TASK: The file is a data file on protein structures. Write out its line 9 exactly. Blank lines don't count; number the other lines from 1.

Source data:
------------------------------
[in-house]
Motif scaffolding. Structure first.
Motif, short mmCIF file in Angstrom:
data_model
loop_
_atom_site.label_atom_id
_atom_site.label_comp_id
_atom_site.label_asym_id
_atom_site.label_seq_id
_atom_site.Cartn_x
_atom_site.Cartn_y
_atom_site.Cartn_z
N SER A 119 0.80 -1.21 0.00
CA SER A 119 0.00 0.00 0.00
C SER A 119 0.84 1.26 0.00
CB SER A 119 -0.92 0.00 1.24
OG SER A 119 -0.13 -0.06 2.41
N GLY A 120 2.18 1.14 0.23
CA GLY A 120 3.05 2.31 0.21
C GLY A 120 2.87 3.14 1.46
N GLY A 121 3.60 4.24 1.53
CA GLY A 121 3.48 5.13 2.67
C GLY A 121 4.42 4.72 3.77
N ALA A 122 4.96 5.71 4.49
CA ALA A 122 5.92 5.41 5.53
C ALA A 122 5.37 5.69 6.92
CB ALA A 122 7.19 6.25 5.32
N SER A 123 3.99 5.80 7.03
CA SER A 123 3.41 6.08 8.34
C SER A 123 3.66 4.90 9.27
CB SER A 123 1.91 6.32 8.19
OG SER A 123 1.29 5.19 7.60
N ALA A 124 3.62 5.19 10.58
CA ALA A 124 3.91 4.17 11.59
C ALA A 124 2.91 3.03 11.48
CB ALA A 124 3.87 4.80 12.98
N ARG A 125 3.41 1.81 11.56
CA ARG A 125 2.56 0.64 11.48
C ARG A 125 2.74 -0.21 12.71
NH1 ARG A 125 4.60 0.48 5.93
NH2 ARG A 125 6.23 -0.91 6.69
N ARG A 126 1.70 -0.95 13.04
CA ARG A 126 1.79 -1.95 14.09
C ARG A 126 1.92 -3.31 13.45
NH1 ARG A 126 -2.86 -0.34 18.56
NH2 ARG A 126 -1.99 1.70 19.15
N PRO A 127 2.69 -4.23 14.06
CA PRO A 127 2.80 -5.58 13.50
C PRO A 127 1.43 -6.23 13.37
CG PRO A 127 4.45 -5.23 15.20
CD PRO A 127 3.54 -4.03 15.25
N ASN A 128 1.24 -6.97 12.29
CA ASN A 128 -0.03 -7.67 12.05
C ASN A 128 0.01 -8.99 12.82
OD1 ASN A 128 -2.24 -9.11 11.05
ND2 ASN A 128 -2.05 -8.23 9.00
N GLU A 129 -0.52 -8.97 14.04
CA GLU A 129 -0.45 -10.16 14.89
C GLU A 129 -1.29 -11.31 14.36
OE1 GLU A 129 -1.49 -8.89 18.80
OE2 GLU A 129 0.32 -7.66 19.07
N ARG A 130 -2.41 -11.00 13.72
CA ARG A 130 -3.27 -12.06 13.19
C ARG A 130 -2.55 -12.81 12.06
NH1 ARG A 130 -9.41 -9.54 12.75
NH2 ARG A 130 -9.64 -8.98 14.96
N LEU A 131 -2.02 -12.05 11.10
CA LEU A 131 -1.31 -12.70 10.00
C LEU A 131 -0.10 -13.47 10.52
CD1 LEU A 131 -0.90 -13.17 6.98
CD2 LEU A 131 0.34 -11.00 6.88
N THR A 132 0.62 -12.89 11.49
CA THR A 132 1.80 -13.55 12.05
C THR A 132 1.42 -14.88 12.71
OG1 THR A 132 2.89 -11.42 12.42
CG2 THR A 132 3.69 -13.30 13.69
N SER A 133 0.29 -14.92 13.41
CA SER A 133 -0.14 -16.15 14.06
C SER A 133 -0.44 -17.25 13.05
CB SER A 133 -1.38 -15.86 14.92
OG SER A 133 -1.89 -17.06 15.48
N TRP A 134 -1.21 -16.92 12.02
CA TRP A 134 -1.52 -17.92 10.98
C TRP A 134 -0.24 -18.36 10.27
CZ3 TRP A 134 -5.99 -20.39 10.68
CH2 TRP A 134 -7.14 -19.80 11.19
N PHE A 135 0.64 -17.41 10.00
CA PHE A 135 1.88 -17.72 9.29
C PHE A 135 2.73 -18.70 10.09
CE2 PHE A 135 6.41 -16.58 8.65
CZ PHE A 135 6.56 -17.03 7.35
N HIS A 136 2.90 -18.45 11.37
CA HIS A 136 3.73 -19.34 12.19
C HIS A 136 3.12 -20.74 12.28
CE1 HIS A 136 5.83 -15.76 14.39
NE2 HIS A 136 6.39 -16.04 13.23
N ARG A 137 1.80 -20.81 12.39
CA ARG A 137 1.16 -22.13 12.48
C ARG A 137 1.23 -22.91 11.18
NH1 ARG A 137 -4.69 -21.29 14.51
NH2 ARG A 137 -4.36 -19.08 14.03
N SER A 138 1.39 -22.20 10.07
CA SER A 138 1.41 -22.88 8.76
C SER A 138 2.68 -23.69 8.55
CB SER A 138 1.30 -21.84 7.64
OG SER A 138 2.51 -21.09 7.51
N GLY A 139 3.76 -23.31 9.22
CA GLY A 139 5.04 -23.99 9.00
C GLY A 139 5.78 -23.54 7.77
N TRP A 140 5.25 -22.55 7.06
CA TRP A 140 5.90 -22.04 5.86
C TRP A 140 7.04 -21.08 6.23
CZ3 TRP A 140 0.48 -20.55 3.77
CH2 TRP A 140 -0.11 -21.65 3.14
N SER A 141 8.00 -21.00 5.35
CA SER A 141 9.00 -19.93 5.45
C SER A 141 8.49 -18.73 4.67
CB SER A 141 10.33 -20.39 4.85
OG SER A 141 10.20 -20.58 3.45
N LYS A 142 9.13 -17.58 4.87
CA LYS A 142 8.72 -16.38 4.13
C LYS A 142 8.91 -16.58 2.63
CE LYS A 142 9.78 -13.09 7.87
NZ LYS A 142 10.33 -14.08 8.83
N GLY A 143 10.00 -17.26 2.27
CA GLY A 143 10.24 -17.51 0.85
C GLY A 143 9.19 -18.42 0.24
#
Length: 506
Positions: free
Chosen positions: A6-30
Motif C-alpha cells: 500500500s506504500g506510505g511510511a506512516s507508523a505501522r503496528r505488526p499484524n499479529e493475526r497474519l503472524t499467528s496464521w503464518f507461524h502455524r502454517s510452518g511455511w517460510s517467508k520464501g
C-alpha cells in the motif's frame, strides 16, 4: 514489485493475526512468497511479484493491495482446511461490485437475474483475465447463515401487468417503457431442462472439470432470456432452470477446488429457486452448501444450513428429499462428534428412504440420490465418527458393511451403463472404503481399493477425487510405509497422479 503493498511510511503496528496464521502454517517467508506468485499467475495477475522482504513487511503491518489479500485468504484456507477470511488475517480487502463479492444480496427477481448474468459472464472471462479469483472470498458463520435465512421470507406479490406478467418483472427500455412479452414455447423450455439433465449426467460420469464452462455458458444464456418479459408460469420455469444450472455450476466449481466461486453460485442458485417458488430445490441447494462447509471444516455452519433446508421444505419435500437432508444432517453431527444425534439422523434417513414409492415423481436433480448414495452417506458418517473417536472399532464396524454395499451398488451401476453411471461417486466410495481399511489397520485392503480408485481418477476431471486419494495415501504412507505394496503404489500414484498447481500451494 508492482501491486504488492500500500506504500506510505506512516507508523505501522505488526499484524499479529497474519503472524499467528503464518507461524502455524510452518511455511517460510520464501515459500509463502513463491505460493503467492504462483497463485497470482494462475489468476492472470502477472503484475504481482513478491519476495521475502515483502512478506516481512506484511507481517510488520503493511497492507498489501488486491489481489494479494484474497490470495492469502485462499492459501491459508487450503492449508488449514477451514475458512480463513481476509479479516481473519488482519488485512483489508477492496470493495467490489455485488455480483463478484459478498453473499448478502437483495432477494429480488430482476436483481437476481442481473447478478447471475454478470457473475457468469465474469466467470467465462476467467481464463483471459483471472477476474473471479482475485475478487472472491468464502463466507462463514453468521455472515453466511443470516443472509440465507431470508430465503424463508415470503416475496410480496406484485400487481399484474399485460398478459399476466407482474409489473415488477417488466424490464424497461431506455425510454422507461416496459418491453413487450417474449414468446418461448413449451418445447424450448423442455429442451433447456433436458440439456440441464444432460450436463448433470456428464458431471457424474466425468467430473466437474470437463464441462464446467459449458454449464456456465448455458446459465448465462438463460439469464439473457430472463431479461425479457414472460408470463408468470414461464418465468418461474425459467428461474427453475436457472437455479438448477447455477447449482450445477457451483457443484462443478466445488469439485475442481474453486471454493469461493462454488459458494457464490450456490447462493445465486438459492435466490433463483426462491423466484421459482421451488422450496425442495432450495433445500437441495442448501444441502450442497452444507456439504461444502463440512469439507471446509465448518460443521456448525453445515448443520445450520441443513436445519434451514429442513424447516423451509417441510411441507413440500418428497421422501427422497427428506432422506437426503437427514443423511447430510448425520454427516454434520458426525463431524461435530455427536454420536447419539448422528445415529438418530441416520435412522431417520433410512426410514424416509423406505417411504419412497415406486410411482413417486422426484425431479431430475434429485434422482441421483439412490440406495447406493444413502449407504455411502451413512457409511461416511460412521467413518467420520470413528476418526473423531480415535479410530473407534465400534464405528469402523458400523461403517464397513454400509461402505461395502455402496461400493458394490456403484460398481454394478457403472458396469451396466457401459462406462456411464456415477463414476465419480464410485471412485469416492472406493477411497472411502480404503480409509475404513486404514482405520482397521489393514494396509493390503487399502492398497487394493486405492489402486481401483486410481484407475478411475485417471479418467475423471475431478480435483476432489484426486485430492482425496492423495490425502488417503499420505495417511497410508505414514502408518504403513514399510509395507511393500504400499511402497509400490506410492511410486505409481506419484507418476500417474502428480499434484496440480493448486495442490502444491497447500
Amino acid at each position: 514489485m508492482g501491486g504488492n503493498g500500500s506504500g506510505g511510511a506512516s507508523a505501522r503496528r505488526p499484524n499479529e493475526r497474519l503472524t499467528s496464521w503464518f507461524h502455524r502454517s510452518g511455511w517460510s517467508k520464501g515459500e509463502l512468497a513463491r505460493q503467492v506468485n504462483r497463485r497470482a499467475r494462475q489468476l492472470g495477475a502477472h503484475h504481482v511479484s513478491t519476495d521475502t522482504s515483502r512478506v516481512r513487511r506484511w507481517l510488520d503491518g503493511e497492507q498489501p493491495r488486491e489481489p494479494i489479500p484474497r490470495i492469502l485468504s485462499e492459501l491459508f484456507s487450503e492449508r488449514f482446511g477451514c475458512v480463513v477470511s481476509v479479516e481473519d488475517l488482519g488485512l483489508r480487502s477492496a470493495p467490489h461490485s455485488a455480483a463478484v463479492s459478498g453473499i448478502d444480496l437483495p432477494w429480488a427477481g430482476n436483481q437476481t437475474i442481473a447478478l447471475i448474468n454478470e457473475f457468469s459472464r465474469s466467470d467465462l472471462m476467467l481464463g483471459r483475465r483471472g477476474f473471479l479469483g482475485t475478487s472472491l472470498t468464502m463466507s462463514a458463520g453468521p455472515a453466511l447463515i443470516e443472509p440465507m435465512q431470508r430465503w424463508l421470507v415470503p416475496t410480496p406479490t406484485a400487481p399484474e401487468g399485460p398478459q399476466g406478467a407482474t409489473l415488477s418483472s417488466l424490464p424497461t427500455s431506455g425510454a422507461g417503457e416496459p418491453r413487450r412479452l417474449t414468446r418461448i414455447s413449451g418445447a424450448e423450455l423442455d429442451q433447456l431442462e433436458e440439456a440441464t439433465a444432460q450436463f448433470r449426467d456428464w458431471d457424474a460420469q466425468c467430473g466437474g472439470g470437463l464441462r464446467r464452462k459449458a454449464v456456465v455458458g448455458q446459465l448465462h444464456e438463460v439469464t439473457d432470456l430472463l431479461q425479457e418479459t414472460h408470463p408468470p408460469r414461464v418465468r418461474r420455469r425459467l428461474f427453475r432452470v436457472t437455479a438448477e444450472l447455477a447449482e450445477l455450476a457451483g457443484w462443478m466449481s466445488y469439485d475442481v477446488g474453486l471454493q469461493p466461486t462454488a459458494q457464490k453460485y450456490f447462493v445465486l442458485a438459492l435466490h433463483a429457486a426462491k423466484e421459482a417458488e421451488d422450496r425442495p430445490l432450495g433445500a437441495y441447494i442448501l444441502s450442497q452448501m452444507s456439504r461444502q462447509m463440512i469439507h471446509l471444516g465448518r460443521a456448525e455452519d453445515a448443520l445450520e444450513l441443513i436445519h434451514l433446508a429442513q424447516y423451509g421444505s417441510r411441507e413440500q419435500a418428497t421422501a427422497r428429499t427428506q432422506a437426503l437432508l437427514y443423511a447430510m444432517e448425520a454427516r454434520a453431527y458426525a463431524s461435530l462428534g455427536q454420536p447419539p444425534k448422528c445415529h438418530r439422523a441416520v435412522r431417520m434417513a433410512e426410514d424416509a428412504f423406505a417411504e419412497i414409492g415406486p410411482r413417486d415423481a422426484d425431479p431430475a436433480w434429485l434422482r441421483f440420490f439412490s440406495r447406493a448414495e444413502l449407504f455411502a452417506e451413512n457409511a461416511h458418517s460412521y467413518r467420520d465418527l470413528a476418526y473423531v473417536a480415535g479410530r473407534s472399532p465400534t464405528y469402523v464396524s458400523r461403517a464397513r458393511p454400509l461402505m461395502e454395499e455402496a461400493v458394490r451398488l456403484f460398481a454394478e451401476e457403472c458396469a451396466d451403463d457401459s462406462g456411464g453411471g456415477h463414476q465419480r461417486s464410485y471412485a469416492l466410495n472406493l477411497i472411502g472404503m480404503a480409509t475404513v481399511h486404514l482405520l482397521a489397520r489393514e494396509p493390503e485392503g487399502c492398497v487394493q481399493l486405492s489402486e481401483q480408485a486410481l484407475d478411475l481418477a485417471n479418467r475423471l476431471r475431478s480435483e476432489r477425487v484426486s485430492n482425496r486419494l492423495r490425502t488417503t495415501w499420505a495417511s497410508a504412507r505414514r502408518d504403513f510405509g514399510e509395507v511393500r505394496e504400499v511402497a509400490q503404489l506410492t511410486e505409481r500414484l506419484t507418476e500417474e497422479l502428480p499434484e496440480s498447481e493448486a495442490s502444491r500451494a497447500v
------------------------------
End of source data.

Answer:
_atom_site.label_seq_id